Waiting to Be Heard, including a new afterword, came out in paperback on June 9, 2015.
Just when Amanda thought her legal nightmare had ended, it began all over again. In March 2013, Italy’s highest court annulled the 2011 acquittal and sent the case to the lower courts for further proceedings. Even though no new evidence was introduced against her, Amanda was found guilty and sentenced to 28 years and 6 months in prison in January 2014. This decision was overturned just over a year later by the Italian Supreme Court, which exonerated her of the murder charge.
In November 2007, Amanda Knox was twenty years old and had been studying abroad in Perugia, Italy, for only a few weeks when her friend and roommate, a young English student named Meredith Kercher, was brutally murdered. The investigation made headlines around the world, and Amanda’s arrest placed her at the center of a media firestorm. Young, naïve, grieving at the horrifying death of her friend, and with a little more than basic knowledge of the Italian language, she was subjected to harsh interrogations during which she struggled to understand the police and to make her own words understood. The subsequent trial exposed Amanda to international scrutiny and speculation, and she became a tabloid staple. In 2009, after an extremely controversial trial, she was wrongly convicted of murder. But in October 2011, after Amanda had spent four years in an Italian prison, and following a lengthy appeals process, the conviction was overturned. Amanda immediately flew home to the United States.
Now, in Waiting to Be Heard, Amanda Knox shares for the very first time the truth about her terrifying ordeal. Drawing from journals she kept and letters she wrote during her incarceration, Amanda gives an unflinching and deeply personal account of her harrowing experience, from the devastation of her friend’s murder to the series of mistakes and misunderstandings that led to her arrest. She speaks intimately about what it was like, at the age of twenty, to find herself imprisoned in a foreign country for a crime she did not commit and demonized by the international media, and about the impact on her family and loved ones as they traveled back and forth to be at her side so that she would not be alone. She describes the relationships that bloomed with those who believed in her innocence and how the strength of her family helped her survive the most challenging time of her young life. With grace and gratitude, Amanda describes the aftermath of the trial and her return home to the States, where she is able once again to look forward to the future.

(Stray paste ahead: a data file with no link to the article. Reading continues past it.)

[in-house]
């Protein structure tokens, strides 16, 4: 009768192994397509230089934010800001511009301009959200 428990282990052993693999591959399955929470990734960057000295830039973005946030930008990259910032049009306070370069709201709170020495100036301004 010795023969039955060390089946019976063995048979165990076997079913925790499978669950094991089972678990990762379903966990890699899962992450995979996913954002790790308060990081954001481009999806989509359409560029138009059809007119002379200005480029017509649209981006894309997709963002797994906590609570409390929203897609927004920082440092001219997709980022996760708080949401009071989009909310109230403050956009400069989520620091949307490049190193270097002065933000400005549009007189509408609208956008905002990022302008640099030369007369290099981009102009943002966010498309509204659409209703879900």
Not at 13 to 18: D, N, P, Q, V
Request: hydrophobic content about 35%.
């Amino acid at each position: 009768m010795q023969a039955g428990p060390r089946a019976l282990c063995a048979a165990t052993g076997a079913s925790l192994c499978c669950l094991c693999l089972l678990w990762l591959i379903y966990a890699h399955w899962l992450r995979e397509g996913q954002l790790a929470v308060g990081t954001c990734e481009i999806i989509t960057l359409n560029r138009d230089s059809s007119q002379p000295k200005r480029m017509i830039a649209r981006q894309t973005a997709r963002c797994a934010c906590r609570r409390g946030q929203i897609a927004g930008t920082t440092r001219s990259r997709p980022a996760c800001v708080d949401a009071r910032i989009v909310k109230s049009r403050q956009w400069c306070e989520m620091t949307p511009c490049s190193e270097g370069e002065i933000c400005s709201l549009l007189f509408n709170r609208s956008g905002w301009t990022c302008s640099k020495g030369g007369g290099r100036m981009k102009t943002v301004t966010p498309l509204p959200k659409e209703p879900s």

A young woman’s soul-bearing account of a nightmare turned real, of unimaginable horror and the miscarriage of justice that ensued, and, ultimately, of fortitude in the face of overwhelming adversity, Waiting to Be Heard is a memoir unlike any you have ever read.
The New York Times – Michiko Kakutani
…[Ms. Knox] spent a lot of time in prison writing journals, poems, stories, letters, even lists of what she would do with her life (i.e., things she would do if she got out immediately, or things she would do if she were 46 when she was released). All that practice and all that introspection have given her an ability to convey her emotions with considerable visceral power – the shock of feeling the supremely ordinary morph into the utterly surreal, the vulnerability of being on trial in a foreign country in a language she had not completely mastered, the isolation of being in prison and at the center of a swirling media storm.
The Guardian – Tom Kington
The student from Seattle has had time to buff up her prose and the result is an intriguing and often compelling account of the trauma of spending the best years of one’s life in an Italian provincial jail, at the whim of what she claims are bumbling, spiteful investigators.
Facebook – Ryan Ferguson
Rhen Kohan made the wise comment that everyone interested in studying abroad should read the Knox book. It is my sincere belief that everyone over the age of 16 should read this book regardless of where they’re at or where they’re going in life. As my case proves, this can happen to anyone, anywhere, and at any time.